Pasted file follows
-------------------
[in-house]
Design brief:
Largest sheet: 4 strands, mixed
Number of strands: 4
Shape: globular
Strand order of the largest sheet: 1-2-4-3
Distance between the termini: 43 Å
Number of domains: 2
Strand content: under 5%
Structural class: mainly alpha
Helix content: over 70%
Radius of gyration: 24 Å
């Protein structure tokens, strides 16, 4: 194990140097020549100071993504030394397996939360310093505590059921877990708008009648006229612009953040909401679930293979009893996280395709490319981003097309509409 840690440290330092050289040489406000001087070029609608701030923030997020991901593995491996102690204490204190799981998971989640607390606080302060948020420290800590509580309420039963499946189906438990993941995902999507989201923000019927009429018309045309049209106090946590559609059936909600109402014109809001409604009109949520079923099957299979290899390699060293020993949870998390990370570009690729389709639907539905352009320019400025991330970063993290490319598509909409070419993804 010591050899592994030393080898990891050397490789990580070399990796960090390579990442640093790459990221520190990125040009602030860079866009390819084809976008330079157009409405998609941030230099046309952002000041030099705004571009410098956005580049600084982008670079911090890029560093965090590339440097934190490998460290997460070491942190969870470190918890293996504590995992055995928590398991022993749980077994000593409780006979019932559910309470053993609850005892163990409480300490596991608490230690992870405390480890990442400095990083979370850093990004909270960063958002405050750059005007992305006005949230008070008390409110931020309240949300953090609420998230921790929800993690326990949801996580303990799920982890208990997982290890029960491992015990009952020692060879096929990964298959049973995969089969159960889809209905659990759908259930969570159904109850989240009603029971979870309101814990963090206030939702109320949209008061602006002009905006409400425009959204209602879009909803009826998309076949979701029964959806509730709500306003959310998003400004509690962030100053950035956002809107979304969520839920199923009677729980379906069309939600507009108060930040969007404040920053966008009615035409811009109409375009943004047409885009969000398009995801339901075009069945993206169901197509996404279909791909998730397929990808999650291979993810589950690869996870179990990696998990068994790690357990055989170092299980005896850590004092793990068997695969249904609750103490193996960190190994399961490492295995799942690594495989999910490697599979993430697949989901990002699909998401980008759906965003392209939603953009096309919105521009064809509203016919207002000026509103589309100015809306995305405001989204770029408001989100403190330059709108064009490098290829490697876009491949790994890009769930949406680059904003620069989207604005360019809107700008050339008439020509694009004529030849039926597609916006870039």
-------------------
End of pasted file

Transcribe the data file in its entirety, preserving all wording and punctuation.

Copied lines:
[in-house]
Design brief:
Largest sheet: 4 strands, mixed
Number of strands: 4
Shape: globular
Strand order of the largest sheet: 1-2-4-3
Distance between the termini: 43 Å
Number of domains: 2
Strand content: under 5%
Structural class: mainly alpha
Helix content: over 70%
Radius of gyration: 24 Å
């Protein structure tokens, strides 16, 4: 194990140097020549100071993504030394397996939360310093505590059921877990708008009648006229612009953040909401679930293979009893996280395709490319981003097309509409 840690440290330092050289040489406000001087070029609608701030923030997020991901593995491996102690204490204190799981998971989640607390606080302060948020420290800590509580309420039963499946189906438990993941995902999507989201923000019927009429018309045309049209106090946590559609059936909600109402014109809001409604009109949520079923099957299979290899390699060293020993949870998390990370570009690729389709639907539905352009320019400025991330970063993290490319598509909409070419993804 010591050899592994030393080898990891050397490789990580070399990796960090390579990442640093790459990221520190990125040009602030860079866009390819084809976008330079157009409405998609941030230099046309952002000041030099705004571009410098956005580049600084982008670079911090890029560093965090590339440097934190490998460290997460070491942190969870470190918890293996504590995992055995928590398991022993749980077994000593409780006979019932559910309470053993609850005892163990409480300490596991608490230690992870405390480890990442400095990083979370850093990004909270960063958002405050750059005007992305006005949230008070008390409110931020309240949300953090609420998230921790929800993690326990949801996580303990799920982890208990997982290890029960491992015990009952020692060879096929990964298959049973995969089969159960889809209905659990759908259930969570159904109850989240009603029971979870309101814990963090206030939702109320949209008061602006002009905006409400425009959204209602879009909803009826998309076949979701029964959806509730709500306003959310998003400004509690962030100053950035956002809107979304969520839920199923009677729980379906069309939600507009108060930040969007404040920053966008009615035409811009109409375009943004047409885009969000398009995801339901075009069945993206169901197509996404279909791909998730397929990808999650291979993810589950690869996870179990990696998990068994790690357990055989170092299980005896850590004092793990068997695969249904609750103490193996960190190994399961490492295995799942690594495989999910490697599979993430697949989901990002699909998401980008759906965003392209939603953009096309919105521009064809509203016919207002000026509103589309100015809306995305405001989204770029408001989100403190330059709108064009490098290829490697876009491949790994890009769930949406680059904003620069989207604005360019809107700008050339008439020509694009004529030849039926597609916006870039």